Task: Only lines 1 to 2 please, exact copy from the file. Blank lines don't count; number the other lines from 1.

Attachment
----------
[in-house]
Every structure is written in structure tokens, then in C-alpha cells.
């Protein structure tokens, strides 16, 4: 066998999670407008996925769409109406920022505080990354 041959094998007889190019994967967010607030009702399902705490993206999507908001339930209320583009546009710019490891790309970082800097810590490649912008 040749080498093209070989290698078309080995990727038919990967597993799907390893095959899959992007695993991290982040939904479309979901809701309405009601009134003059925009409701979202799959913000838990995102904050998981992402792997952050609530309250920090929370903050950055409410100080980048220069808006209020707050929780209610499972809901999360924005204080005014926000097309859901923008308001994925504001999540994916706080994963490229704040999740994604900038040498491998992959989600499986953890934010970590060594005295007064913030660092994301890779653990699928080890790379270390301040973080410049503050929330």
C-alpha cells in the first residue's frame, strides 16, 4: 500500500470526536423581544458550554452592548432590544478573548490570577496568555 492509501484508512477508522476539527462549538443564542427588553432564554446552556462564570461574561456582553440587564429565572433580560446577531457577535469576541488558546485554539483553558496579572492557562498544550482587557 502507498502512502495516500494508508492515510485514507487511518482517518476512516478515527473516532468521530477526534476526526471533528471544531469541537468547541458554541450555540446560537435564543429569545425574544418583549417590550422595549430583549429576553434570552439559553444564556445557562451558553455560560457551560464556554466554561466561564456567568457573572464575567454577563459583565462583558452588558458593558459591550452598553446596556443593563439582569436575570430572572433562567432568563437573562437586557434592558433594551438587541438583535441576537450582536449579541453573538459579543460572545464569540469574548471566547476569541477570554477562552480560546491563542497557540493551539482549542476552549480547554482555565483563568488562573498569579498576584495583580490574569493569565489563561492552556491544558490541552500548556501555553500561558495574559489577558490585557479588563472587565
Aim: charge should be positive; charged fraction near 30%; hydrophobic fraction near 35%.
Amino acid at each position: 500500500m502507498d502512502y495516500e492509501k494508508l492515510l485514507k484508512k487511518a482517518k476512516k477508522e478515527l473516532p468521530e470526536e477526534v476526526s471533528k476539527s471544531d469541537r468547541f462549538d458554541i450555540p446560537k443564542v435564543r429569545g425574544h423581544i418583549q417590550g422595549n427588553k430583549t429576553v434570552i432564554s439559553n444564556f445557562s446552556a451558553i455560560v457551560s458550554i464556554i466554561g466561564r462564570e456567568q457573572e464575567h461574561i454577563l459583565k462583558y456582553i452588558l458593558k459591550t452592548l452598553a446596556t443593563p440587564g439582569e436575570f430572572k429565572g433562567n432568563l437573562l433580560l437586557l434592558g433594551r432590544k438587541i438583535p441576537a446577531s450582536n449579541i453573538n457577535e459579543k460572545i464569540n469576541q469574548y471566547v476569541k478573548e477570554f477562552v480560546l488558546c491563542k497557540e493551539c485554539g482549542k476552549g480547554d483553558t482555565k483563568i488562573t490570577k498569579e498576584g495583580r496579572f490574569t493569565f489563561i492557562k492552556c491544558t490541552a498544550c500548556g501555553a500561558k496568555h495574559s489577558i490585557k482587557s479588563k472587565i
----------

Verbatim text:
[in-house]
Every structure is written in structure tokens, then in C-alpha cells.